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State Department offers $3 million for Russian hacker



In a sign of the growing importance of cybersecurity to businesses and federal officials, the U.S. State Department offered up on Tuesday a massive reward for a Russian hacker already on the FBI's Cyber Most Wanted list.

Through its Transnational Organized Crime Rewards Program, State Department officials say they are offering "up to $3 million for information leading to the arrest and/or conviction of Evgeniy Mikhailovich Bogachev, a Russian national."
Officials say Bogachev goes by the online aliases "lucky12345" and "slavik."
According to their reward announcement, "Bogachev allegedly acted as an administrator in a scheme that installed malicious software on more than one million computers without authorization. The software, known as 'Zeus' and 'GameOver Zeus,' enabled contributors to the scheme to steal banking information and empty the compromised accounts, resulting in the theft of more than $100 million from U.S. businesses and consumers."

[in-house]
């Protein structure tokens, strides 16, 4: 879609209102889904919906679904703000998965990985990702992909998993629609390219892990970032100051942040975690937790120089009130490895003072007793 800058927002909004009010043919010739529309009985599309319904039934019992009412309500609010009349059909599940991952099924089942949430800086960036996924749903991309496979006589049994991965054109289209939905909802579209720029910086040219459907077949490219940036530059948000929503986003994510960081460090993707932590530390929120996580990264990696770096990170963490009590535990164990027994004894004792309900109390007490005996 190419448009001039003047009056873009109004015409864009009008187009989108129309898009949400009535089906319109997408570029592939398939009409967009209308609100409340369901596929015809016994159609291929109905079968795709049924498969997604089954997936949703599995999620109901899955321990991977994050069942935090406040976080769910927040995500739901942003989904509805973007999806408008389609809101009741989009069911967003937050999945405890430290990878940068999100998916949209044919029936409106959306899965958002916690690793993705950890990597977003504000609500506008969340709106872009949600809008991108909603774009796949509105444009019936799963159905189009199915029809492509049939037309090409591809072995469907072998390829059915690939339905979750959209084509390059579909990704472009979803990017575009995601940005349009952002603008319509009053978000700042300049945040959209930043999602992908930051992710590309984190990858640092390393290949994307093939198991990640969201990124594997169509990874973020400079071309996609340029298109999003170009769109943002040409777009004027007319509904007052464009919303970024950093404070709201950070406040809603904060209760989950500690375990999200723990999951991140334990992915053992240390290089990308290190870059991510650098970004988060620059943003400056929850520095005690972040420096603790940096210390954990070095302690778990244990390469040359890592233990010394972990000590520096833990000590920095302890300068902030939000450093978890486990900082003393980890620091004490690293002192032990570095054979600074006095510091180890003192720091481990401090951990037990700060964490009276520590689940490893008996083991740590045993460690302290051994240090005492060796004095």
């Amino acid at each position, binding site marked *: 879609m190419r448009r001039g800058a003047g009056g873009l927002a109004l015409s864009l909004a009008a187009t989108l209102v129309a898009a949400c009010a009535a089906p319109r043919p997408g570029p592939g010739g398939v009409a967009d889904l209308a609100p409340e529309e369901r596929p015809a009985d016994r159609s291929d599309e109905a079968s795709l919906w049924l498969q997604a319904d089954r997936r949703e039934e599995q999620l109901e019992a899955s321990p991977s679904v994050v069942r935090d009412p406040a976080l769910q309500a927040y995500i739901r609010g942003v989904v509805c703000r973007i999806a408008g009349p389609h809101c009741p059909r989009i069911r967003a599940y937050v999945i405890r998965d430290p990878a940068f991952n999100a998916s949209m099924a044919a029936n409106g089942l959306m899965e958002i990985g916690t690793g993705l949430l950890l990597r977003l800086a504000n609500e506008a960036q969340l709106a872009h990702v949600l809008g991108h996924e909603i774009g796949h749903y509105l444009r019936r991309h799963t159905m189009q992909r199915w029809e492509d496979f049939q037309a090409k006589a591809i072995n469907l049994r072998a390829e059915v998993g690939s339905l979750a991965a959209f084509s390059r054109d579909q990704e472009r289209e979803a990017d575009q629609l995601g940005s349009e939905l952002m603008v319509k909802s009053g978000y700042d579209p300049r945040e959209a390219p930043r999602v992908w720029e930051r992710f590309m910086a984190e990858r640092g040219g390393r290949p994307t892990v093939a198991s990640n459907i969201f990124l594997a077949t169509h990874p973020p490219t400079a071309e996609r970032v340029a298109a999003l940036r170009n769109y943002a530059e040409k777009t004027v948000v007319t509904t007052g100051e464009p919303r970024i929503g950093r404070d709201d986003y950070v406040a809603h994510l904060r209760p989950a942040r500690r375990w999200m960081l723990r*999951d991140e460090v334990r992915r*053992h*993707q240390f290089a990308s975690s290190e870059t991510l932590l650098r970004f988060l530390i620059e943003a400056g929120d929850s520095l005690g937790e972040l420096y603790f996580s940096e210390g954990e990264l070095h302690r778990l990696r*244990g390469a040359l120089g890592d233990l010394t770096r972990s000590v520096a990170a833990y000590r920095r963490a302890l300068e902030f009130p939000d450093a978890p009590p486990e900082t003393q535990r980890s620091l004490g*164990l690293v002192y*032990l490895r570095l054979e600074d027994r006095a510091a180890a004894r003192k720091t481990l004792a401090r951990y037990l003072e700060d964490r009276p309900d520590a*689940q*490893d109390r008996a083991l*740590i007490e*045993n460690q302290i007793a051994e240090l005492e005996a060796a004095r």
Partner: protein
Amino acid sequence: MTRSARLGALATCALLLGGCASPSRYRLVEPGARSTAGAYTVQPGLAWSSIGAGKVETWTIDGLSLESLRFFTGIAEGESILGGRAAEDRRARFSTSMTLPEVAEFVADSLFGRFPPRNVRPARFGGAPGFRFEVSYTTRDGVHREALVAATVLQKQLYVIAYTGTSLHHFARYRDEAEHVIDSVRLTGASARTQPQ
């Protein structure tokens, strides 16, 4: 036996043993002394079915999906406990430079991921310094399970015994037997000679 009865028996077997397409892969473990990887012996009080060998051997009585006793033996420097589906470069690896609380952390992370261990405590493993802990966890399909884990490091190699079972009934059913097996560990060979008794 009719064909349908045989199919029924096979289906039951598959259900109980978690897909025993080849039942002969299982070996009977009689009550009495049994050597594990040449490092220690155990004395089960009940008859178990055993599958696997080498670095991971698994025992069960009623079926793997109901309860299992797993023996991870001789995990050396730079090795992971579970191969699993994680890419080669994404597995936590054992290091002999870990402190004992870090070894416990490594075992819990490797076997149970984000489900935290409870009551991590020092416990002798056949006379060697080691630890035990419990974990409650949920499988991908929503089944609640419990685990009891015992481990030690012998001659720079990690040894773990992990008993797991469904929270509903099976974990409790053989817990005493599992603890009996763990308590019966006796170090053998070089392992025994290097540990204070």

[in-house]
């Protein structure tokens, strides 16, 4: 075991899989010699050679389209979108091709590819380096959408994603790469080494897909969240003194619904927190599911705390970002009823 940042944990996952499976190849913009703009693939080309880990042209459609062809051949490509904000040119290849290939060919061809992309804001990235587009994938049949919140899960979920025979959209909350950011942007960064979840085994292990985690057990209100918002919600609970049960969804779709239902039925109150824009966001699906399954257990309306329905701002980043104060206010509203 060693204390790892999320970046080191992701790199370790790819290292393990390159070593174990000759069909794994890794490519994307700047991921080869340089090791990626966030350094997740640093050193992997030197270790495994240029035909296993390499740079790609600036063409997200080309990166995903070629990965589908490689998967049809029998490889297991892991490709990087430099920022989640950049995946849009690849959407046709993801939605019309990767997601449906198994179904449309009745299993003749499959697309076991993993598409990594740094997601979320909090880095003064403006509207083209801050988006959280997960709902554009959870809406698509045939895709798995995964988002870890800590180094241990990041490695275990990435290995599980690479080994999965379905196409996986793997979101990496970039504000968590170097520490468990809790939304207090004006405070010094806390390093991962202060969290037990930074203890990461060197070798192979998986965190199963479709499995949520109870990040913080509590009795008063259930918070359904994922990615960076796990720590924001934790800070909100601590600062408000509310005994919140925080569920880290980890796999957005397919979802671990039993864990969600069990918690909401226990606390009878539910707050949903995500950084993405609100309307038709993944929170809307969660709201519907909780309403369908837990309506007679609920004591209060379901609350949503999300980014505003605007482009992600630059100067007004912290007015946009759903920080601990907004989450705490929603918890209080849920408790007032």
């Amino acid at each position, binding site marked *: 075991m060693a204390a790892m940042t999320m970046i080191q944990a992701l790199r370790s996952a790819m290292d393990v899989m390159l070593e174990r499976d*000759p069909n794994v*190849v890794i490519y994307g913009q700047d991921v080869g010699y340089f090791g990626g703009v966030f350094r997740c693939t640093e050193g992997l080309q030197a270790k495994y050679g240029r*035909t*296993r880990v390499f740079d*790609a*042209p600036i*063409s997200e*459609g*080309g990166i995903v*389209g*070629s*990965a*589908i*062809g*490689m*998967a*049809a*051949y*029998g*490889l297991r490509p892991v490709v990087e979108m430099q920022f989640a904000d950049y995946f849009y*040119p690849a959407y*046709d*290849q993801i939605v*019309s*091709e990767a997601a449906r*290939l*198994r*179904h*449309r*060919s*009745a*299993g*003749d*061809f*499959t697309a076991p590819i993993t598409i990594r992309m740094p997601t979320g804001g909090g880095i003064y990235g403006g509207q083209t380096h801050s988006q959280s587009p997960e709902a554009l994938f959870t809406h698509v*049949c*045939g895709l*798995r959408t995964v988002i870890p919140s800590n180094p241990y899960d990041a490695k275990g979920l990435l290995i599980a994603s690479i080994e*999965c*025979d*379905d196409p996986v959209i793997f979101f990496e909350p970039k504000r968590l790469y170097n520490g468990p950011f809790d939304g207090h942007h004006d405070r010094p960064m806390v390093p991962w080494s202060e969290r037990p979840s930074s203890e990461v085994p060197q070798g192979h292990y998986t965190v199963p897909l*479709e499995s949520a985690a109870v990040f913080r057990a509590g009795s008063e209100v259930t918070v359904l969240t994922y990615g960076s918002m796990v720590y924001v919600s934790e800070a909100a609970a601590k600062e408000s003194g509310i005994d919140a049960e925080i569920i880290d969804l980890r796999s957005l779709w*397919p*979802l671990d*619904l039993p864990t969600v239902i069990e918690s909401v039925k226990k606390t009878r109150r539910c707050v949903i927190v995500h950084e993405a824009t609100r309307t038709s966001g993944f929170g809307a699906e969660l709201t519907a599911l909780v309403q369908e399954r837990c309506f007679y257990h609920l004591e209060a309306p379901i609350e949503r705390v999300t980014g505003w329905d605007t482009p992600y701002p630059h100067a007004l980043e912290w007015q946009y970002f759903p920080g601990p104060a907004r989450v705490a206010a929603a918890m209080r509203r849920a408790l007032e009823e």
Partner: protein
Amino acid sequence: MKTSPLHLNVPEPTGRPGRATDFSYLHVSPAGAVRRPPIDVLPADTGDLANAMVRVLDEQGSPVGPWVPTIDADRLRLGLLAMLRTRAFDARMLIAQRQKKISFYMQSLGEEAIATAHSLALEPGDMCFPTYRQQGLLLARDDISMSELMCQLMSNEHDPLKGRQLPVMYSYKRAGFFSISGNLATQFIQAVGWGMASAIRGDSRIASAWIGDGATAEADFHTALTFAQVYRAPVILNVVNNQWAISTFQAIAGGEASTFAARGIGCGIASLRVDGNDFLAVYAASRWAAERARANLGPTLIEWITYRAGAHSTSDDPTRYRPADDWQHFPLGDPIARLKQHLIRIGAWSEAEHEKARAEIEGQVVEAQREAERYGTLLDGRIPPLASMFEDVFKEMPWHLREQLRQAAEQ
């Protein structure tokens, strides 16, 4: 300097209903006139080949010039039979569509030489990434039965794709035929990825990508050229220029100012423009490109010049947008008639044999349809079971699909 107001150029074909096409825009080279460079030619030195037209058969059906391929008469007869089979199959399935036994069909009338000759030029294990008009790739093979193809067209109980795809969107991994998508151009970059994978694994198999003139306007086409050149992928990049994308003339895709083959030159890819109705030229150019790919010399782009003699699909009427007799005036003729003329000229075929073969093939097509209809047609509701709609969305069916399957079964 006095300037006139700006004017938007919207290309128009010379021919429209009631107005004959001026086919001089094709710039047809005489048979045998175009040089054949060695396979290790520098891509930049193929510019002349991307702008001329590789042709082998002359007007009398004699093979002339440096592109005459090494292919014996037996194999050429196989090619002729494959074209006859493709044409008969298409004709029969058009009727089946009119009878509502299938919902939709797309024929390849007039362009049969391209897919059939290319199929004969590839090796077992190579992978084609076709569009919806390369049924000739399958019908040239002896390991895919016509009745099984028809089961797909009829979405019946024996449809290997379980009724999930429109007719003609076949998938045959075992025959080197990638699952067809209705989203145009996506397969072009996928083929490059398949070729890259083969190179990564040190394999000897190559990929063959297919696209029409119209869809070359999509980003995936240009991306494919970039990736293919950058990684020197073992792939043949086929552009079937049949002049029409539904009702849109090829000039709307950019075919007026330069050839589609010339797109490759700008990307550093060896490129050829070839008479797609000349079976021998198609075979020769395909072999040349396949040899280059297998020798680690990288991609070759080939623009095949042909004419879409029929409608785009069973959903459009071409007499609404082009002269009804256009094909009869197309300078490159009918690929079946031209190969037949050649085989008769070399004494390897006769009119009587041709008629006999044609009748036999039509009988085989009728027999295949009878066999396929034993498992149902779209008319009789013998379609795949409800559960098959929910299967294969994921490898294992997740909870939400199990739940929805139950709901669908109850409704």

Hackers steal $1 billion from up to 100 banks
Last week, Russian security company Kaspersky Lab revealed that a hacking ring has stolen up to $1 billion from banks around the world. It is unclear if the two announcements are directly related.
The hackers involved in the larger heist have been active since at least the end of 2013 and infiltrated more than 100 banks in 30 countries, according to Kaspersky.
After gaining access to banks' computers through phishing schemes and other methods, they lurk for months to learn the banks' systems, taking screen shots and even video of employees using their computers, the company says.
Once the hackers become familiar with the banks' operations, they use that knowledge to steal money without raising suspicions, programming ATMs to dispense money at specific times or setting up fake accounts and transferring money into them, according to Kaspersky.
The hackers seem to limit their theft to about $10 million before moving on to another bank, part of the reason why the fraud was not detected earlier, Kaspersky principal security researcher Vicente Diaz said in a telephone interview with The Associated Press.
Bogachev, meanwhile, is believed to be at large in Russia.